US Internet radio firm Pandora Media came under pressure Tuesday after reporting a modest profit and strong revenue growth, but offering disappointing guidance for the coming quarter.
Shares in the California-based Web radio leader slid as much as 20 percent in after-hours trade after it released its earnings for the third quarter.
Pandora reported a profit of $2.05 million. The earnings excluding special items amounted to five cents a share, better than most forecasts, and revenues beat expectations with 60 percent year-over-year growth to $120 million.
Advertising revenue was $106.3 million, a 61 percent year-over-year increase while subscription and other revenue rose 52 percent to $13.7 million.
"This quarter exceeded our expectations as we monetized mobile at record levels and grew total mobile revenue 112 percent," said Joe Kennedy, chairman and chief executive.
"During the quarter we launched Pandora 4.0, the biggest redesign on the iOS and Android platforms ever, bringing new, innovative and enhanced functionality to mobile devices for the first time for both users and advertisers."
But Pandora appeared to take a hit from its fourth quarter guidance, saying revenue is expected to be in the range of $120 million to $123 million and forecasting an operating loss of six to nine cents a share.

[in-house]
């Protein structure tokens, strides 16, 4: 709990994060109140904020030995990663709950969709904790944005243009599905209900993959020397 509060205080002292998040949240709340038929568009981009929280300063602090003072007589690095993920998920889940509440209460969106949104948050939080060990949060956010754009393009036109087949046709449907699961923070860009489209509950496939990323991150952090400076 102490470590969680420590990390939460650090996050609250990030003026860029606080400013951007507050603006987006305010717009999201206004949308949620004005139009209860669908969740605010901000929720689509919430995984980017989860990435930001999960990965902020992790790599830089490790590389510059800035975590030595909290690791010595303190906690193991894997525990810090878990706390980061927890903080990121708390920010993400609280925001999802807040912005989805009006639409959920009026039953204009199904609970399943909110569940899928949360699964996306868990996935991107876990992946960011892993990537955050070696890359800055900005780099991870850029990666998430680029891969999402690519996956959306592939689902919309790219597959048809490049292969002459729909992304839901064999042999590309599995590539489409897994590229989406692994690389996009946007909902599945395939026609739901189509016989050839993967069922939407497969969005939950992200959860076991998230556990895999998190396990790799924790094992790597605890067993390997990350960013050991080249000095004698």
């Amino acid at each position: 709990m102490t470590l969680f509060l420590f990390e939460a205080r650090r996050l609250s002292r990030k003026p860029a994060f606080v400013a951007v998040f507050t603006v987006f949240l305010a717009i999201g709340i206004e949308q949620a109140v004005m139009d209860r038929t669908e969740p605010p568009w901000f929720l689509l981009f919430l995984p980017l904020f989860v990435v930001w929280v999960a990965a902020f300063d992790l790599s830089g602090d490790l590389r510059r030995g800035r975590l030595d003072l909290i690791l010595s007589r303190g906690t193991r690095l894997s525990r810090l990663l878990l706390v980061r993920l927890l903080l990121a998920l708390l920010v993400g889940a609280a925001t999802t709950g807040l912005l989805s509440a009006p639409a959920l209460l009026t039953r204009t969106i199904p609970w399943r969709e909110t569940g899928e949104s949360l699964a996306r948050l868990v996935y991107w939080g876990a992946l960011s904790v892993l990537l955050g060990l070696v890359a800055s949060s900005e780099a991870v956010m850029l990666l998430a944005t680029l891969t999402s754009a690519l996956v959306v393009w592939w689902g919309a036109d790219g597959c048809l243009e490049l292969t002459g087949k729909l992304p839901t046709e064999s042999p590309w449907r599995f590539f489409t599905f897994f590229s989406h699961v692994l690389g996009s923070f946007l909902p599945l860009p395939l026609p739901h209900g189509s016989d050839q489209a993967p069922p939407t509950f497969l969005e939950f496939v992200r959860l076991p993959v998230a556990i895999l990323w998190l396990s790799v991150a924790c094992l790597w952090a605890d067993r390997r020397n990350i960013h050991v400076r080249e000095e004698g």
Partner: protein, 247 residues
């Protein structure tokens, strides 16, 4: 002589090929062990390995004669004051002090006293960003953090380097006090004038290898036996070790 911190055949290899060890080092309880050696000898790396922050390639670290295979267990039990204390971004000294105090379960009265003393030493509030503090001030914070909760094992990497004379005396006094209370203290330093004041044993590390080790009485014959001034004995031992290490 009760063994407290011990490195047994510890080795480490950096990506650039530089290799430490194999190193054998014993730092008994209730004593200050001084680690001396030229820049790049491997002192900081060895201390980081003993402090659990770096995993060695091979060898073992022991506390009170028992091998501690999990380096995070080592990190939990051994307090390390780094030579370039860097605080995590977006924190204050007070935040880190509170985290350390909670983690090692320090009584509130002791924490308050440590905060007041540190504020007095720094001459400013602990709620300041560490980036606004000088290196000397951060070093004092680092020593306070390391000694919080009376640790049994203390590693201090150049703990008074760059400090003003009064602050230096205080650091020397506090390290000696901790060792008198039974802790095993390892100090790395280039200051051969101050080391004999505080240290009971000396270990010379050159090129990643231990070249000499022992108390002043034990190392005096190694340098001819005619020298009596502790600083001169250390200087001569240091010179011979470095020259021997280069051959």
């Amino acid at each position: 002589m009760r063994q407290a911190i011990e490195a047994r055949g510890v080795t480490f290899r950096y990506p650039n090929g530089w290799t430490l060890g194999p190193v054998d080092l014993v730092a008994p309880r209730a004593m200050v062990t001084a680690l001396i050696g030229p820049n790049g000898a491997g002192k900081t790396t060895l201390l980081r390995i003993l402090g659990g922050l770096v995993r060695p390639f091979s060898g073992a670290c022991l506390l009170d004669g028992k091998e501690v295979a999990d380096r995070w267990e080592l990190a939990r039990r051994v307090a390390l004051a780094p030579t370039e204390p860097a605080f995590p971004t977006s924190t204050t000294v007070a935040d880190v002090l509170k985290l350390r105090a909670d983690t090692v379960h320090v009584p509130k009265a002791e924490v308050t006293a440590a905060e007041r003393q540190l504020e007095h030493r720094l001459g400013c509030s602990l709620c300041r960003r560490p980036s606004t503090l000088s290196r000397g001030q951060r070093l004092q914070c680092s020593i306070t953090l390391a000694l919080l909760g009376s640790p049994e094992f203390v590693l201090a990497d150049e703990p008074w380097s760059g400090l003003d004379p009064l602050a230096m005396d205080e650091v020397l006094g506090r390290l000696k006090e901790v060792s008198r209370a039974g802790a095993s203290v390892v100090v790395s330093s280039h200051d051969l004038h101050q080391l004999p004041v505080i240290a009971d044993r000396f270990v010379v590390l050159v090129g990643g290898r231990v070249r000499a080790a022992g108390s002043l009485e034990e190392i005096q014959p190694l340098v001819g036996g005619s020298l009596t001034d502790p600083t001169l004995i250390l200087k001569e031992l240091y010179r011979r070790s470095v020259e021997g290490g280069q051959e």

Pandora has been hurt by rumors in recent weeks that Apple is in talks to license music for a rival online radio service.
Some reports have said Apple was studying a launch of a streaming music service which could be pre-installed on its popular devices like the iPhone and iPad.
"The real problem for Pandora, though, is that its revenue stream is not growing fast enough, even without Apple as a competitor," said Paul Ausick at 24/7 Wall Street. "This is not a good day for Pandora."
Pandora went public last year at $16 a share, one of several Internet companies to make their debut on Wall Street in 2011.
The company is urging Congress to pass an overhaul of a law governing music royalties, claiming it pays a higher percentage of its revenues for song rights than its satellite radio rival.
Explore further: Is big data still big news?